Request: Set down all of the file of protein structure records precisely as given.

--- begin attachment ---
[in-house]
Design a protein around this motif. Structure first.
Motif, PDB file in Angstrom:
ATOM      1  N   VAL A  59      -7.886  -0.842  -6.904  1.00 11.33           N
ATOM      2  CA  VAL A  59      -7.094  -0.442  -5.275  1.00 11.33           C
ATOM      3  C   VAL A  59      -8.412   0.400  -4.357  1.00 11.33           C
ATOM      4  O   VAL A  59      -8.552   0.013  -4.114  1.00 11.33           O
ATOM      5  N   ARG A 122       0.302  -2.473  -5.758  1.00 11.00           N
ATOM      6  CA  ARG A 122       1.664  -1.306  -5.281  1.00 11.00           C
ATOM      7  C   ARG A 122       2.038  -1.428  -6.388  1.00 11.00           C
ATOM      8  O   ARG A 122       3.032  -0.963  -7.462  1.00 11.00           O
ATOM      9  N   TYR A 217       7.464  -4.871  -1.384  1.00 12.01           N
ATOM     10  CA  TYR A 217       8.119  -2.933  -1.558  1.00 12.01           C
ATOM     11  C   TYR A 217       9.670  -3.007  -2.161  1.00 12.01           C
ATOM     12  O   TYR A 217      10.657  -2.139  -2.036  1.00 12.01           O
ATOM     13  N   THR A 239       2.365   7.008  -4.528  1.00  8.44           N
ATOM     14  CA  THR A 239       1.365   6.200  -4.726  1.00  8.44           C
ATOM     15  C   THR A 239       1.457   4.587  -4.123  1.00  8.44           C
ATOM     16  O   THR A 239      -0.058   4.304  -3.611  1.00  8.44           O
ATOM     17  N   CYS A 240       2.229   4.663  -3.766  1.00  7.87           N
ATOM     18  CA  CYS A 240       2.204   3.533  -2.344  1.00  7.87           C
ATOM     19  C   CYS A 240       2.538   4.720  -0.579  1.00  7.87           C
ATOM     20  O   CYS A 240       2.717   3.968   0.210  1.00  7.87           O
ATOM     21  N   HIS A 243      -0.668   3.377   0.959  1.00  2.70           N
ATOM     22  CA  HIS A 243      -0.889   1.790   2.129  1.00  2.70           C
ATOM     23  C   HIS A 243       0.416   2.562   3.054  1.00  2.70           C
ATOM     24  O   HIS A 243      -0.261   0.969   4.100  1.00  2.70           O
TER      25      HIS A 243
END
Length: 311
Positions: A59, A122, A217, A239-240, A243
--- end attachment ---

[in-house]
Design a protein around this motif. Structure first.
Motif, PDB file in Angstrom:
ATOM      1  N   VAL A  59      -7.886  -0.842  -6.904  1.00 11.33           N
ATOM      2  CA  VAL A  59      -7.094  -0.442  -5.275  1.00 11.33           C
ATOM      3  C   VAL A  59      -8.412   0.400  -4.357  1.00 11.33           C
ATOM      4  O   VAL A  59      -8.552   0.013  -4.114  1.00 11.33           O
ATOM      5  N   ARG A 122       0.302  -2.473  -5.758  1.00 11.00           N
ATOM      6  CA  ARG A 122       1.664  -1.306  -5.281  1.00 11.00           C
ATOM      7  C   ARG A 122       2.038  -1.428  -6.388  1.00 11.00           C
ATOM      8  O   ARG A 122       3.032  -0.963  -7.462  1.00 11.00           O
ATOM      9  N   TYR A 217       7.464  -4.871  -1.384  1.00 12.01           N
ATOM     10  CA  TYR A 217       8.119  -2.933  -1.558  1.00 12.01           C
ATOM     11  C   TYR A 217       9.670  -3.007  -2.161  1.00 12.01           C
ATOM     12  O   TYR A 217      10.657  -2.139  -2.036  1.00 12.01           O
ATOM     13  N   THR A 239       2.365   7.008  -4.528  1.00  8.44           N
ATOM     14  CA  THR A 239       1.365   6.200  -4.726  1.00  8.44           C
ATOM     15  C   THR A 239       1.457   4.587  -4.123  1.00  8.44           C
ATOM     16  O   THR A 239      -0.058   4.304  -3.611  1.00  8.44           O
ATOM     17  N   CYS A 240       2.229   4.663  -3.766  1.00  7.87           N
ATOM     18  CA  CYS A 240       2.204   3.533  -2.344  1.00  7.87           C
ATOM     19  C   CYS A 240       2.538   4.720  -0.579  1.00  7.87           C
ATOM     20  O   CYS A 240       2.717   3.968   0.210  1.00  7.87           O
ATOM     21  N   HIS A 243      -0.668   3.377   0.959  1.00  2.70           N
ATOM     22  CA  HIS A 243      -0.889   1.790   2.129  1.00  2.70           C
ATOM     23  C   HIS A 243       0.416   2.562   3.054  1.00  2.70           C
ATOM     24  O   HIS A 243      -0.261   0.969   4.100  1.00  2.70           O
TER      25      HIS A 243
END
Length: 311
Positions: A59, A122, A217, A239-240, A243